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Title Geological evolution of the Caribbean region; a Plate tectonic perspective
Authors James Pindell & Stephen Barrett
Source Dengo, G. and Case, J. E. (eds), The Caribbean Region. Geological Society of America, The Geology of North America, H, 405-432.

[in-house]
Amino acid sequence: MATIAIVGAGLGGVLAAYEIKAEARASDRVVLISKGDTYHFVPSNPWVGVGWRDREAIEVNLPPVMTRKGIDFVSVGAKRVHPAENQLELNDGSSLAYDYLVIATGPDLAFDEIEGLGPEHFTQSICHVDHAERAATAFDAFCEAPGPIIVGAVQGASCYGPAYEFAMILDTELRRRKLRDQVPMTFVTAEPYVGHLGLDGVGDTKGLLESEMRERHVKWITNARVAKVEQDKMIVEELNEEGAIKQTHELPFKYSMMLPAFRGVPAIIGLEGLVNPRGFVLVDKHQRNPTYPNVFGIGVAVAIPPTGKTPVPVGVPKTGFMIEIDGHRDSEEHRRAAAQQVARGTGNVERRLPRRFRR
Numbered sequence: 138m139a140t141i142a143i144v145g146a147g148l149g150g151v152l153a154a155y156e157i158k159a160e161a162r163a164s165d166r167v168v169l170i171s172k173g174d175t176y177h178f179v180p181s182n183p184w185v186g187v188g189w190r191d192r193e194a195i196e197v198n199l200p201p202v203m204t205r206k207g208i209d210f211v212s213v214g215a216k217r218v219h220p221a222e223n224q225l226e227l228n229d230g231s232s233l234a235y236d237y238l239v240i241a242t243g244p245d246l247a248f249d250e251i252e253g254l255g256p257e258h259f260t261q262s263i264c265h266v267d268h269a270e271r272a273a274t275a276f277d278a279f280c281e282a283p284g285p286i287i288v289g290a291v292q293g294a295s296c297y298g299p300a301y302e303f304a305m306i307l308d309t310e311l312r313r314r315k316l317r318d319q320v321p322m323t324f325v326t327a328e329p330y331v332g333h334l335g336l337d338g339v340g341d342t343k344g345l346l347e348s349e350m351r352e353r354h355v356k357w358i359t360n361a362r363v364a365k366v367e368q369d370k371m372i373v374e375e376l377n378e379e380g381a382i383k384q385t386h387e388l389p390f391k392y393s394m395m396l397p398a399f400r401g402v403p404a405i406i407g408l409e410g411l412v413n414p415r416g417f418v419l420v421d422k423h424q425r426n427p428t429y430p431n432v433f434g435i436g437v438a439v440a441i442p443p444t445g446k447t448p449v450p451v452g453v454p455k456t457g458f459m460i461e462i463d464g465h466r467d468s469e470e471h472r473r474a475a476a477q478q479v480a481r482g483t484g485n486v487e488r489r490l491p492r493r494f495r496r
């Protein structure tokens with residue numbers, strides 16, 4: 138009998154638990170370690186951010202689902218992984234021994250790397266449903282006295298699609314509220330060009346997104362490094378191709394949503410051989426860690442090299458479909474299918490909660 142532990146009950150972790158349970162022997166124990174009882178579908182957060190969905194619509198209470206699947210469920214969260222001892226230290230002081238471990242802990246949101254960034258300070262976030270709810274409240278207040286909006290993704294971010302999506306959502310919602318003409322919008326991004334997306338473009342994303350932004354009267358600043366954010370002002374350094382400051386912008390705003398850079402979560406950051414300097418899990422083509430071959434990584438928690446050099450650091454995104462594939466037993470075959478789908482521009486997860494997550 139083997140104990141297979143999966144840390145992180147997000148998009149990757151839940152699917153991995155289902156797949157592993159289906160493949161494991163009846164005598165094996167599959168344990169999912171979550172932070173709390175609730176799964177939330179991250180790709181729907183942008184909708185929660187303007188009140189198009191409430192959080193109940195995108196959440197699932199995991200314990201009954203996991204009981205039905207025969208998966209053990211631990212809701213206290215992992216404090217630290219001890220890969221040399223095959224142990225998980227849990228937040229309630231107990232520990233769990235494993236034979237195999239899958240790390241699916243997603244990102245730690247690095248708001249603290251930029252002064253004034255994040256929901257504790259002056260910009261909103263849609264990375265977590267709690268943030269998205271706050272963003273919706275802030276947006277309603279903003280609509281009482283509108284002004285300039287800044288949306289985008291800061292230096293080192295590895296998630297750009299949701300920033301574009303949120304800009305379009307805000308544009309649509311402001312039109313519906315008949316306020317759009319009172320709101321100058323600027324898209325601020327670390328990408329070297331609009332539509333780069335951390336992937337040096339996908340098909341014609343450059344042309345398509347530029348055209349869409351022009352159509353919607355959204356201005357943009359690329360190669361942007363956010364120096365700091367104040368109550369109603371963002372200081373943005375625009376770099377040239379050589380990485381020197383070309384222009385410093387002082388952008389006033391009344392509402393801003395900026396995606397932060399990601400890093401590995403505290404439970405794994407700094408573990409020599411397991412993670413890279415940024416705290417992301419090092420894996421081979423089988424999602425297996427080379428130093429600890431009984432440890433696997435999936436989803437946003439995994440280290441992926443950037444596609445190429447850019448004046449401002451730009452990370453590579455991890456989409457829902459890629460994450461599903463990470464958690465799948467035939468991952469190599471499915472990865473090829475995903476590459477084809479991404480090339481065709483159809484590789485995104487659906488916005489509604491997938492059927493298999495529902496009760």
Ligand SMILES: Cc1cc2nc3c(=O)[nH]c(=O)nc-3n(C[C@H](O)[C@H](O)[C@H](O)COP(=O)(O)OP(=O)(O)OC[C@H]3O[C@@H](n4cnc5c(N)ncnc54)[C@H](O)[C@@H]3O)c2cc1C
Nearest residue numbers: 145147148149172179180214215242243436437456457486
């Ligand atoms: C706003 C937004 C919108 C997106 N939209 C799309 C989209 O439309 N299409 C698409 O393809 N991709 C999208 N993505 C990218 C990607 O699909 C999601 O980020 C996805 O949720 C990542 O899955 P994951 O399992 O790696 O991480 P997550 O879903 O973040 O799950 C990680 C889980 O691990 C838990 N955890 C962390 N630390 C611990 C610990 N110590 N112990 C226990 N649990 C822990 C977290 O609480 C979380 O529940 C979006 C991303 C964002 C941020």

Introduction This chapter examines the geologic evolution of the Caribbean region from a plate-tectonic perspective, and is composed of three major parts. First, some primary tectonic constraints on plate-tectonic models of Caribbean evolution are defined and reviewed. These constraints include: (1) the plate kinematic framework: the spatial relationships of the plates through time, derived from an initial reconstruction and the subsequent relative motions of the North American, African, South American, and Farallon plates, which encompass the Caribbean area; and (2) the following plate-tectonic elements: (a) the polarity and tuning of subduction (magmatic activity) of arcs (arcs = magmatic belts), (b) the age of formation (magmatic crystallization) and of emplacement of pieces of oceanic crust preserved in thrust belts, (c) the timing and vergence of thrusting within known Caribbean collision zones, (d) the paleogeographic significance of the Yucatan Basin, Grenada Basin, and Cayman Trough, and (e) the development of the northern and southern Caribbean plate boundary zones. Second, in tabular form, twelve published models of the plate-tectonic evolution of the Gulf of Mexico and Caribbean are examined by outlining the implications of each for seventeen sub-regions, by highlighting alternate interpretations of the geologic history of each subregion, and by presenting arguments for choosing among the alternatives. Third, a new model of Caribbean evolution is developed by integrating the Caribbean plate tectonic elements, defined earlier, into an accurate plate-kinematic framework. The new model is presented on eight plate-boundary maps with accompanying descriptions (see accompanying plate).This chapter examines the geologic evolution of the Caribbean region from a plate-tectonic perspective, and is composed of three major parts. First, some primary tectonic constraints on plate-tectonic models of Caribbean evolution are defined and reviewed. These constraints include: (1) the plate kinematic framework: the spatial relationships of the plates through time, derived from an initial reconstruction and the subsequent relative motions of the North American, African, South American, and Farallon plates, which encompass the Caribbean area; and (2) the following plate-tectonic elements: (a) the polarity and tuning of subduction (magmatic activity) of arcs (arcs = magmatic belts), (b) the age of formation (magmatic crystallization) and of emplacement of pieces of oceanic crust preserved in thrust belts, (c) the timing and vergence of thrusting within known Caribbean collision zones, (d) the paleogeographic significance of the Yucatan Basin, Grenada Basin, and Cayman Trough, and (e) the development of the northern and southern Caribbean plate boundary zones. Second, in tabular form, twelve published models of the plate-tectonic evolution of the Gulf of Mexico and Caribbean are examined by outlining the implications of each for seventeen sub-regions, by highlighting alternate interpretations of the geologic history of each subregion, and by presenting arguments for choosing among the alternatives. Third, a new model of Caribbean evolution is developed by integrating the Caribbean plate tectonic elements, defined earlier, into an accurate plate-kinematic framework. The new model is presented on eight plate-boundary maps with accompanying descriptions (see accompanying plate).
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